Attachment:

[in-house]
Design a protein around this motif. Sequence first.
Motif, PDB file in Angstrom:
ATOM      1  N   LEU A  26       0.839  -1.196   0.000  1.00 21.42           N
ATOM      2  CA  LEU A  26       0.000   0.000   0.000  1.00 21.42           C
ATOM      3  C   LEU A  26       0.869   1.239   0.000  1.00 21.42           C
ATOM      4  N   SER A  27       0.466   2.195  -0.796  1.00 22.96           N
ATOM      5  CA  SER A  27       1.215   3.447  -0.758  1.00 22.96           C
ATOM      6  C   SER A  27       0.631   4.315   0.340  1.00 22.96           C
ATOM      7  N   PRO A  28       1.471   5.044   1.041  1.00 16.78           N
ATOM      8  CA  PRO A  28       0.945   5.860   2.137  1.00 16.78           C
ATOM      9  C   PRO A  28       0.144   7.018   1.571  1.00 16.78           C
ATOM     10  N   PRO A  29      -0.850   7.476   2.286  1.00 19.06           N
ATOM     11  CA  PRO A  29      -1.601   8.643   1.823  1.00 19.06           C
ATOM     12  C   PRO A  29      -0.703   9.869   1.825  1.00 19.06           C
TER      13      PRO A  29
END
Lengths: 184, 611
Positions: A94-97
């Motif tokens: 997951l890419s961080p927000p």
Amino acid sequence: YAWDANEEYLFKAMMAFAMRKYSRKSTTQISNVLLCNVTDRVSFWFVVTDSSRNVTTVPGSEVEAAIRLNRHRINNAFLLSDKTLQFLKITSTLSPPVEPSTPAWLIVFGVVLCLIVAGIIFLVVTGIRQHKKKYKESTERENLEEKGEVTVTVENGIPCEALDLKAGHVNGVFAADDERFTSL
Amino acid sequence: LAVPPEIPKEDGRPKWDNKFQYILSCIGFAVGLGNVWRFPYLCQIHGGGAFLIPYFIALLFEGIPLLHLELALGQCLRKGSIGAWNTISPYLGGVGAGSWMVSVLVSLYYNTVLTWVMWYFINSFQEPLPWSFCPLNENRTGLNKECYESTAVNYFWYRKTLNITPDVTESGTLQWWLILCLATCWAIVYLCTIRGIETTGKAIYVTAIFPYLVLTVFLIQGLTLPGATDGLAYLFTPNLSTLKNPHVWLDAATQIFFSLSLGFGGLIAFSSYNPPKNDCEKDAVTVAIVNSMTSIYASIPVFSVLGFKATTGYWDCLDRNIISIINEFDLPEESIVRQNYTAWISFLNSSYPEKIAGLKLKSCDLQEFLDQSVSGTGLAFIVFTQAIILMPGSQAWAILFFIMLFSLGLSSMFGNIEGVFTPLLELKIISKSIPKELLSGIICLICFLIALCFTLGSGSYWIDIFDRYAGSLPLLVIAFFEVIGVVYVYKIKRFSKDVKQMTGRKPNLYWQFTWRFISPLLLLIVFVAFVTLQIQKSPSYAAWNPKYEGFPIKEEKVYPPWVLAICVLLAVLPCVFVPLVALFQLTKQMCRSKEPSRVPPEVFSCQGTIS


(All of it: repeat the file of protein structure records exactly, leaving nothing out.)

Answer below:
[in-house]
Design a protein around this motif. Sequence first.
Motif, PDB file in Angstrom:
ATOM      1  N   LEU A  26       0.839  -1.196   0.000  1.00 21.42           N
ATOM      2  CA  LEU A  26       0.000   0.000   0.000  1.00 21.42           C
ATOM      3  C   LEU A  26       0.869   1.239   0.000  1.00 21.42           C
ATOM      4  N   SER A  27       0.466   2.195  -0.796  1.00 22.96           N
ATOM      5  CA  SER A  27       1.215   3.447  -0.758  1.00 22.96           C
ATOM      6  C   SER A  27       0.631   4.315   0.340  1.00 22.96           C
ATOM      7  N   PRO A  28       1.471   5.044   1.041  1.00 16.78           N
ATOM      8  CA  PRO A  28       0.945   5.860   2.137  1.00 16.78           C
ATOM      9  C   PRO A  28       0.144   7.018   1.571  1.00 16.78           C
ATOM     10  N   PRO A  29      -0.850   7.476   2.286  1.00 19.06           N
ATOM     11  CA  PRO A  29      -1.601   8.643   1.823  1.00 19.06           C
ATOM     12  C   PRO A  29      -0.703   9.869   1.825  1.00 19.06           C
TER      13      PRO A  29
END
Lengths: 184, 611
Positions: A94-97
């Motif tokens: 997951l890419s961080p927000p």
Amino acid sequence: YAWDANEEYLFKAMMAFAMRKYSRKSTTQISNVLLCNVTDRVSFWFVVTDSSRNVTTVPGSEVEAAIRLNRHRINNAFLLSDKTLQFLKITSTLSPPVEPSTPAWLIVFGVVLCLIVAGIIFLVVTGIRQHKKKYKESTERENLEEKGEVTVTVENGIPCEALDLKAGHVNGVFAADDERFTSL
Amino acid sequence: LAVPPEIPKEDGRPKWDNKFQYILSCIGFAVGLGNVWRFPYLCQIHGGGAFLIPYFIALLFEGIPLLHLELALGQCLRKGSIGAWNTISPYLGGVGAGSWMVSVLVSLYYNTVLTWVMWYFINSFQEPLPWSFCPLNENRTGLNKECYESTAVNYFWYRKTLNITPDVTESGTLQWWLILCLATCWAIVYLCTIRGIETTGKAIYVTAIFPYLVLTVFLIQGLTLPGATDGLAYLFTPNLSTLKNPHVWLDAATQIFFSLSLGFGGLIAFSSYNPPKNDCEKDAVTVAIVNSMTSIYASIPVFSVLGFKATTGYWDCLDRNIISIINEFDLPEESIVRQNYTAWISFLNSSYPEKIAGLKLKSCDLQEFLDQSVSGTGLAFIVFTQAIILMPGSQAWAILFFIMLFSLGLSSMFGNIEGVFTPLLELKIISKSIPKELLSGIICLICFLIALCFTLGSGSYWIDIFDRYAGSLPLLVIAFFEVIGVVYVYKIKRFSKDVKQMTGRKPNLYWQFTWRFISPLLLLIVFVAFVTLQIQKSPSYAAWNPKYEGFPIKEEKVYPPWVLAICVLLAVLPCVFVPLVALFQLTKQMCRSKEPSRVPPEVFSCQGTIS